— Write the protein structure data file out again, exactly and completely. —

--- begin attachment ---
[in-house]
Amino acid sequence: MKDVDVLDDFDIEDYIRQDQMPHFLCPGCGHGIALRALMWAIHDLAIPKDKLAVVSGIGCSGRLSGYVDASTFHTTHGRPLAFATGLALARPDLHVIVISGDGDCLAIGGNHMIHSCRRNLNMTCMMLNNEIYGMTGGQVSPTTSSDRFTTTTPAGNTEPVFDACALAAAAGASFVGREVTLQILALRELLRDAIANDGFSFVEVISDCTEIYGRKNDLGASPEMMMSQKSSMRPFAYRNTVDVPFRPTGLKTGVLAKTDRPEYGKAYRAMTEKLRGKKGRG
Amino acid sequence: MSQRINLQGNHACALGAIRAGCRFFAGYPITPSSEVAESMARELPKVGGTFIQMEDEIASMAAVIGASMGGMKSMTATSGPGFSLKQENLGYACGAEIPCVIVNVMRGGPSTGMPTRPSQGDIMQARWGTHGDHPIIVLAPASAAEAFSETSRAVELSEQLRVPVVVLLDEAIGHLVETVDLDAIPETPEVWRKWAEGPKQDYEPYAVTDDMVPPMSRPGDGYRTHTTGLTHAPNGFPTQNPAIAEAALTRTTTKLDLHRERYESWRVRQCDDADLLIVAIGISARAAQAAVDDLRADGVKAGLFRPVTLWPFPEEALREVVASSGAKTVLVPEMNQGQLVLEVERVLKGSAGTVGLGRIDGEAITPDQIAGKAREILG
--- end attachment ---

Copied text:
[in-house]
Amino acid sequence: MKDVDVLDDFDIEDYIRQDQMPHFLCPGCGHGIALRALMWAIHDLAIPKDKLAVVSGIGCSGRLSGYVDASTFHTTHGRPLAFATGLALARPDLHVIVISGDGDCLAIGGNHMIHSCRRNLNMTCMMLNNEIYGMTGGQVSPTTSSDRFTTTTPAGNTEPVFDACALAAAAGASFVGREVTLQILALRELLRDAIANDGFSFVEVISDCTEIYGRKNDLGASPEMMMSQKSSMRPFAYRNTVDVPFRPTGLKTGVLAKTDRPEYGKAYRAMTEKLRGKKGRG
Amino acid sequence: MSQRINLQGNHACALGAIRAGCRFFAGYPITPSSEVAESMARELPKVGGTFIQMEDEIASMAAVIGASMGGMKSMTATSGPGFSLKQENLGYACGAEIPCVIVNVMRGGPSTGMPTRPSQGDIMQARWGTHGDHPIIVLAPASAAEAFSETSRAVELSEQLRVPVVVLLDEAIGHLVETVDLDAIPETPEVWRKWAEGPKQDYEPYAVTDDMVPPMSRPGDGYRTHTTGLTHAPNGFPTQNPAIAEAALTRTTTKLDLHRERYESWRVRQCDDADLLIVAIGISARAAQAAVDDLRADGVKAGLFRPVTLWPFPEEALREVVASSGAKTVLVPEMNQGQLVLEVERVLKGSAGTVGLGRIDGEAITPDQIAGKAREILG